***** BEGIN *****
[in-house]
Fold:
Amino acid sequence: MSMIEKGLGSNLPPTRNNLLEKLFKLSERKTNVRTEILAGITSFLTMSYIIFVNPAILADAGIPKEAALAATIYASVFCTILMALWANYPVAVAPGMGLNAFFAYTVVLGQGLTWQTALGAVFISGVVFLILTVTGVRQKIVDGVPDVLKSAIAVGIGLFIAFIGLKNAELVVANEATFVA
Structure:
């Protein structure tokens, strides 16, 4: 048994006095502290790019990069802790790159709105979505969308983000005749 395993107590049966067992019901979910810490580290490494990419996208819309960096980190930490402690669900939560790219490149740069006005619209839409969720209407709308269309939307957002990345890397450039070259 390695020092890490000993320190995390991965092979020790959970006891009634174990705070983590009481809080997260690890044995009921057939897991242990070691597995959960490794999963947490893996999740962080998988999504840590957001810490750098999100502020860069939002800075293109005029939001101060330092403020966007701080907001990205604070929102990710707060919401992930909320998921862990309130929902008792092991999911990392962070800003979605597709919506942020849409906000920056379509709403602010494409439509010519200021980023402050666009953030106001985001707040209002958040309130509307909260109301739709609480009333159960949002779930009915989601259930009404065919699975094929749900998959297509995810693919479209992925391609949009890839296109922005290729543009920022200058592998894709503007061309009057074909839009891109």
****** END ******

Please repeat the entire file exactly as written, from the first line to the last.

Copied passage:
[in-house]
Fold:
Amino acid sequence: MSMIEKGLGSNLPPTRNNLLEKLFKLSERKTNVRTEILAGITSFLTMSYIIFVNPAILADAGIPKEAALAATIYASVFCTILMALWANYPVAVAPGMGLNAFFAYTVVLGQGLTWQTALGAVFISGVVFLILTVTGVRQKIVDGVPDVLKSAIAVGIGLFIAFIGLKNAELVVANEATFVA
Structure:
């Protein structure tokens, strides 16, 4: 048994006095502290790019990069802790790159709105979505969308983000005749 395993107590049966067992019901979910810490580290490494990419996208819309960096980190930490402690669900939560790219490149740069006005619209839409969720209407709308269309939307957002990345890397450039070259 390695020092890490000993320190995390991965092979020790959970006891009634174990705070983590009481809080997260690890044995009921057939897991242990070691597995959960490794999963947490893996999740962080998988999504840590957001810490750098999100502020860069939002800075293109005029939001101060330092403020966007701080907001990205604070929102990710707060919401992930909320998921862990309130929902008792092991999911990392962070800003979605597709919506942020849409906000920056379509709403602010494409439509010519200021980023402050666009953030106001985001707040209002958040309130509307909260109301739709609480009333159960949002779930009915989601259930009404065919699975094929749900998959297509995810693919479209992925391609949009890839296109922005290729543009920022200058592998894709503007061309009057074909839009891109």